A Dutch court has given its backing to the government, dismissing a call to scrap the Netherlands’ corona pass which is required to enter restaurants, bars, museums, theatres, and other public places.

On Wednesday, a court in The Hague said the Dutch government had the right to demand citizens show proof of their Covid-19 vaccination or a recent negative coronavirus test result if they wished to enter certain public places. 

The court noted that the government had made it unequivocally clear that people who weren’t vaccinated were more at risk of catching Covid-19 and passing it on to others.

The ruling throws out a claim from people against vaccine mandates, as well as anti-vaxxers and others, represented by lawyer Bart Maes, who said the government’s Covid pass rules discriminated against those unwilling or unable to be vaccinated. “So far, it is not clear that there is a difference in treatment for which no objective, reasonable reason exists,” the court said.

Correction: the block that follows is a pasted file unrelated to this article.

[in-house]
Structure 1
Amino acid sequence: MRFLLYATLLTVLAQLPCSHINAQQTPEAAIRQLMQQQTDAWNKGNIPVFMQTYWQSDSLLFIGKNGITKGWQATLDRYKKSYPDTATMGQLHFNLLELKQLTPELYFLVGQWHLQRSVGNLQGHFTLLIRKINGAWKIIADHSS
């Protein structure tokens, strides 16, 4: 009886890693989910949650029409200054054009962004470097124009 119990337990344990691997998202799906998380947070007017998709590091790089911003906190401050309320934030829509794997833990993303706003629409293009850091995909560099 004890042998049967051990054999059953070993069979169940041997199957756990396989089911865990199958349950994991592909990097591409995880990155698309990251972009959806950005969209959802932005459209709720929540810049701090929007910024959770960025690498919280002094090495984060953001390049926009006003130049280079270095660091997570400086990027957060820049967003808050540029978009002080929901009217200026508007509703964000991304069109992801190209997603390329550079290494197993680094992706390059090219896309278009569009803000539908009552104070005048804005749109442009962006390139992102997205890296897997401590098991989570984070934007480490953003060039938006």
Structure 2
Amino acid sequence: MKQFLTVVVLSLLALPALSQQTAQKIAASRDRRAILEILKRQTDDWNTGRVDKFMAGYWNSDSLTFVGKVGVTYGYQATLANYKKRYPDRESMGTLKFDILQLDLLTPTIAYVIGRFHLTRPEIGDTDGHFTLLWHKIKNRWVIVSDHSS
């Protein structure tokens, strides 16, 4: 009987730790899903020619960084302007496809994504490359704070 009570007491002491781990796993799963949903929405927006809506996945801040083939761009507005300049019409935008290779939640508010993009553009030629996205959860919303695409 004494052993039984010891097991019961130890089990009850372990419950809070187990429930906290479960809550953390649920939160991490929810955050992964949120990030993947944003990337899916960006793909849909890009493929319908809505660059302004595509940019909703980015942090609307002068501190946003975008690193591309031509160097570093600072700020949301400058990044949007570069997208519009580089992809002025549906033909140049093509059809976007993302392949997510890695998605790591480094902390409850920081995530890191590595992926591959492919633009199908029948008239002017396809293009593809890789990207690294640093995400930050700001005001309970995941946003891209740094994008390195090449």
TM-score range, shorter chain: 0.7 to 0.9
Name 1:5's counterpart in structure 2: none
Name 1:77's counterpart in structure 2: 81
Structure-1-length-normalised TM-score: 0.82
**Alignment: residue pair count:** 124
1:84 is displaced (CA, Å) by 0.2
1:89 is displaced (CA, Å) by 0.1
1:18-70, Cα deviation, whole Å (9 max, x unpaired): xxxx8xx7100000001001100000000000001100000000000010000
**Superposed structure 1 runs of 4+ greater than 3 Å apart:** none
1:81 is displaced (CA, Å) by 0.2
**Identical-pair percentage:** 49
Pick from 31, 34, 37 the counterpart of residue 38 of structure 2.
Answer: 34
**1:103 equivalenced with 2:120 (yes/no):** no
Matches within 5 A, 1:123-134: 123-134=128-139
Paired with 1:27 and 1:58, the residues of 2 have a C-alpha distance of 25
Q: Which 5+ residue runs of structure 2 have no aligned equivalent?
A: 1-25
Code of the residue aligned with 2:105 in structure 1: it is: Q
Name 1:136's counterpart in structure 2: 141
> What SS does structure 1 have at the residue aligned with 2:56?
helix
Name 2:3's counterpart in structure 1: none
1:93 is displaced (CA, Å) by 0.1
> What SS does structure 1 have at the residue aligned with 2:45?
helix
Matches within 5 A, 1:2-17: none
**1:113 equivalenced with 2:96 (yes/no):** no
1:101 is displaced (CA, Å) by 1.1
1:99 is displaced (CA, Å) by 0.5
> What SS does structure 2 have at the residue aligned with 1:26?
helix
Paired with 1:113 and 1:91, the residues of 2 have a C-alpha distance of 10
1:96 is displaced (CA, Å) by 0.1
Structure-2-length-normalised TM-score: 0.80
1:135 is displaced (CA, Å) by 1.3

The government’s regulations mandate the pass across a range of public places, including restaurants, bars, museums, and theatres. Workplaces are not included within the scheme.

The corona pass was introduced in September by the government of Prime Minister Mark Rutte, who claimed it was needed to prevent another wave of infections. New Covid-19 cases rose 2% in the week to Tuesday, with some 72 per 100,000 inhabitants.

The move has been widely opposed by many despite high vaccination rates across the country. Thousands took to the streets to protest the measures, while the deputy economic affairs minister, Mona Keijzer, was sacked from the cabinet for expressing her opposition to the government’s policy.

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